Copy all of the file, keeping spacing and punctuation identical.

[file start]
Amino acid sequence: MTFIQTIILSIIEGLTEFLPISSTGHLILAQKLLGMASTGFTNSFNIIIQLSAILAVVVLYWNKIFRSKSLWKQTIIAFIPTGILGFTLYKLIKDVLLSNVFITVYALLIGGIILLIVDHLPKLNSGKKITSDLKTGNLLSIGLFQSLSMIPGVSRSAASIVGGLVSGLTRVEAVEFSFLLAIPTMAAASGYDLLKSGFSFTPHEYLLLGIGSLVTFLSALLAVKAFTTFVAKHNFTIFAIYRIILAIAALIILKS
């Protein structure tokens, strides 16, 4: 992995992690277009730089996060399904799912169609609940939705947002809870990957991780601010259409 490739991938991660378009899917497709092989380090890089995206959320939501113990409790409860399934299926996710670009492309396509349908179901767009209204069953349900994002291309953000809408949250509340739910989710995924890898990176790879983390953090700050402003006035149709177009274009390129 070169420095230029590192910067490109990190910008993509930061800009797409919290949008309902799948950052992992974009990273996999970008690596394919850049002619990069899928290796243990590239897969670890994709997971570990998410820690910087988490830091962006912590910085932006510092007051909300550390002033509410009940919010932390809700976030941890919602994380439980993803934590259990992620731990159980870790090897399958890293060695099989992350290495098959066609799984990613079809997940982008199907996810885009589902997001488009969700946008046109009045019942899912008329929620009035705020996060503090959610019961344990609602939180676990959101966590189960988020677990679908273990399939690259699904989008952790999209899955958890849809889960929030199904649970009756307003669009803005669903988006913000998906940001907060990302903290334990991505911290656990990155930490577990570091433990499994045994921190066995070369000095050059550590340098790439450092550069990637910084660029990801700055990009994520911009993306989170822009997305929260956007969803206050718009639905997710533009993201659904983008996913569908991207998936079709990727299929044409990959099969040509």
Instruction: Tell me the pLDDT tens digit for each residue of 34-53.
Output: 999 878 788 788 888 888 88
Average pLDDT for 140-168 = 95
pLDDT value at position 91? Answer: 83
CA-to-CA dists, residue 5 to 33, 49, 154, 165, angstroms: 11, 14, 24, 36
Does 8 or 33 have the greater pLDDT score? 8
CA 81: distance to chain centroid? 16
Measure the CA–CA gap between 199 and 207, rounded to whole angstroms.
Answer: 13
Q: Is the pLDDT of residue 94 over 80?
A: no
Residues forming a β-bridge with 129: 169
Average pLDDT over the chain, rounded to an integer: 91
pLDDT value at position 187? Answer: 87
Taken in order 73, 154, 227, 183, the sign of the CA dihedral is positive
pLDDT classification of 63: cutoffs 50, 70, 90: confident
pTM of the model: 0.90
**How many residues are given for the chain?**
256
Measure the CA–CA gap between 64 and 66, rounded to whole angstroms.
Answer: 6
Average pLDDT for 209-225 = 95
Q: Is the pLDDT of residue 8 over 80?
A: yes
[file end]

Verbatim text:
Amino acid sequence: MTFIQTIILSIIEGLTEFLPISSTGHLILAQKLLGMASTGFTNSFNIIIQLSAILAVVVLYWNKIFRSKSLWKQTIIAFIPTGILGFTLYKLIKDVLLSNVFITVYALLIGGIILLIVDHLPKLNSGKKITSDLKTGNLLSIGLFQSLSMIPGVSRSAASIVGGLVSGLTRVEAVEFSFLLAIPTMAAASGYDLLKSGFSFTPHEYLLLGIGSLVTFLSALLAVKAFTTFVAKHNFTIFAIYRIILAIAALIILKS
């Protein structure tokens, strides 16, 4: 992995992690277009730089996060399904799912169609609940939705947002809870990957991780601010259409 490739991938991660378009899917497709092989380090890089995206959320939501113990409790409860399934299926996710670009492309396509349908179901767009209204069953349900994002291309953000809408949250509340739910989710995924890898990176790879983390953090700050402003006035149709177009274009390129 070169420095230029590192910067490109990190910008993509930061800009797409919290949008309902799948950052992992974009990273996999970008690596394919850049002619990069899928290796243990590239897969670890994709997971570990998410820690910087988490830091962006912590910085932006510092007051909300550390002033509410009940919010932390809700976030941890919602994380439980993803934590259990992620731990159980870790090897399958890293060695099989992350290495098959066609799984990613079809997940982008199907996810885009589902997001488009969700946008046109009045019942899912008329929620009035705020996060503090959610019961344990609602939180676990959101966590189960988020677990679908273990399939690259699904989008952790999209899955958890849809889960929030199904649970009756307003669009803005669903988006913000998906940001907060990302903290334990991505911290656990990155930490577990570091433990499994045994921190066995070369000095050059550590340098790439450092550069990637910084660029990801700055990009994520911009993306989170822009997305929260956007969803206050718009639905997710533009993201659904983008996913569908991207998936079709990727299929044409990959099969040509």
Instruction: Tell me the pLDDT tens digit for each residue of 34-53.
Output: 999 878 788 788 888 888 88
Average pLDDT for 140-168 = 95
pLDDT value at position 91? Answer: 83
CA-to-CA dists, residue 5 to 33, 49, 154, 165, angstroms: 11, 14, 24, 36
Does 8 or 33 have the greater pLDDT score? 8
CA 81: distance to chain centroid? 16
Measure the CA–CA gap between 199 and 207, rounded to whole angstroms.
Answer: 13
Q: Is the pLDDT of residue 94 over 80?
A: no
Residues forming a β-bridge with 129: 169
Average pLDDT over the chain, rounded to an integer: 91
pLDDT value at position 187? Answer: 87
Taken in order 73, 154, 227, 183, the sign of the CA dihedral is positive
pLDDT classification of 63: cutoffs 50, 70, 90: confident
pTM of the model: 0.90
**How many residues are given for the chain?**
256
Measure the CA–CA gap between 64 and 66, rounded to whole angstroms.
Answer: 6
Average pLDDT for 209-225 = 95
Q: Is the pLDDT of residue 8 over 80?
A: yes